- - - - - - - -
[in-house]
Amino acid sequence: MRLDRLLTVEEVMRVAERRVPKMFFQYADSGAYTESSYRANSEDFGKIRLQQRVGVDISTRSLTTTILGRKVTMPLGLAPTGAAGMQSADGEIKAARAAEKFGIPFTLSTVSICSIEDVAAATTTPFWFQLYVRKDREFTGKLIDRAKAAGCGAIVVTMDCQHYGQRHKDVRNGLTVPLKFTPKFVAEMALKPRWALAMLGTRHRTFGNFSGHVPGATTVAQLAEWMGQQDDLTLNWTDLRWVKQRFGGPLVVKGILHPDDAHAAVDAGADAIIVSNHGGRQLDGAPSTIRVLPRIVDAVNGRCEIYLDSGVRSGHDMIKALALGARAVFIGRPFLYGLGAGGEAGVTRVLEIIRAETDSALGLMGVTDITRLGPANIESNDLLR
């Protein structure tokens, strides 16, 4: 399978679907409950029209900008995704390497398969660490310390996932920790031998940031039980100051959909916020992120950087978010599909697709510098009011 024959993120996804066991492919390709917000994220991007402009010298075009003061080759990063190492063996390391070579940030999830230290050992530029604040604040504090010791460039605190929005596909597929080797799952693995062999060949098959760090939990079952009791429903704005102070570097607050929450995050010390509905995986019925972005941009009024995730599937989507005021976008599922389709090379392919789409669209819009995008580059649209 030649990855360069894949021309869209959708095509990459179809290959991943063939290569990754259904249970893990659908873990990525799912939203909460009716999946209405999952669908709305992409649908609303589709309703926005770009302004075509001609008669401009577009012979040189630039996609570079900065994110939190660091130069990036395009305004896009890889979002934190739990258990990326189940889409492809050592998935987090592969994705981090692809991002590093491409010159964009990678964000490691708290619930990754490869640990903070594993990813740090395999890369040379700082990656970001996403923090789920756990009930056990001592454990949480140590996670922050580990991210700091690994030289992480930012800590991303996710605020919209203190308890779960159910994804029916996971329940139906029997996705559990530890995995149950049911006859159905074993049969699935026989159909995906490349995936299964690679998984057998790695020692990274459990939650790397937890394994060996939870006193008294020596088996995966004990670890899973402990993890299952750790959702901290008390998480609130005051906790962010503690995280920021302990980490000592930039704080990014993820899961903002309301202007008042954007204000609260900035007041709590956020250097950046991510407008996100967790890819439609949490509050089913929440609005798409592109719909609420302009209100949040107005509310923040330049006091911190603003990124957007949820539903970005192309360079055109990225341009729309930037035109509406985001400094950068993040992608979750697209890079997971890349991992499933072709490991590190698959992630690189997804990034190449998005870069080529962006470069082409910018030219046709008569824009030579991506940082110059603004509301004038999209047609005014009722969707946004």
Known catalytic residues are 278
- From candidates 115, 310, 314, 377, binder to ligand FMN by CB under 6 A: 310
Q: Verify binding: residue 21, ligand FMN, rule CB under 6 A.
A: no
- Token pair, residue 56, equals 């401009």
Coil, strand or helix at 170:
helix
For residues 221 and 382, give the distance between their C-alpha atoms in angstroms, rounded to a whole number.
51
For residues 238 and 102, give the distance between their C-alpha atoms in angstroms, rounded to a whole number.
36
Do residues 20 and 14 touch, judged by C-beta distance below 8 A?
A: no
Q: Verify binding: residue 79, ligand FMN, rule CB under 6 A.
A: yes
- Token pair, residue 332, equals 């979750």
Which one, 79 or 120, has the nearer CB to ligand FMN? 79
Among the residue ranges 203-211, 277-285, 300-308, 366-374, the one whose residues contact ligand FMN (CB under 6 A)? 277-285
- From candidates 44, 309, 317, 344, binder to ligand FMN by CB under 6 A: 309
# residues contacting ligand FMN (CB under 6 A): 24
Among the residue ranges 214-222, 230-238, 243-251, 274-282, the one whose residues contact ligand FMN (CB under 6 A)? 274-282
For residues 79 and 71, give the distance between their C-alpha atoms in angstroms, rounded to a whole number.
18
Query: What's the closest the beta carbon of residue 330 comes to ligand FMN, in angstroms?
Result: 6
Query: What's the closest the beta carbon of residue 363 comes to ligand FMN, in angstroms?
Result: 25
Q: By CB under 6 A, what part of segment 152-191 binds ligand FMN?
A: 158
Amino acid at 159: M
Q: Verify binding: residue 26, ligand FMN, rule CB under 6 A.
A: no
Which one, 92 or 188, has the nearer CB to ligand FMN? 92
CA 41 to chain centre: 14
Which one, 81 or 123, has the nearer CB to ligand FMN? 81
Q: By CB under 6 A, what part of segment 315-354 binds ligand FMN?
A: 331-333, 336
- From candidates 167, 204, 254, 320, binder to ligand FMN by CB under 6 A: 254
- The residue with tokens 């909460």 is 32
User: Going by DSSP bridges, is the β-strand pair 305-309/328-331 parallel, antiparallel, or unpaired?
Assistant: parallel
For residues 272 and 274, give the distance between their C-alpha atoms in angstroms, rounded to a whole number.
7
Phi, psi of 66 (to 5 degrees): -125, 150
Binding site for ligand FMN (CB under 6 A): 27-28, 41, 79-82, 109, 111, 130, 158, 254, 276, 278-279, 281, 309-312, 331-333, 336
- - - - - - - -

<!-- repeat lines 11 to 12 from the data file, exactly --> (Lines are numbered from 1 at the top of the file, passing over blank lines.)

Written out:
For residues 221 and 382, give the distance between their C-alpha atoms in angstroms, rounded to a whole number.
51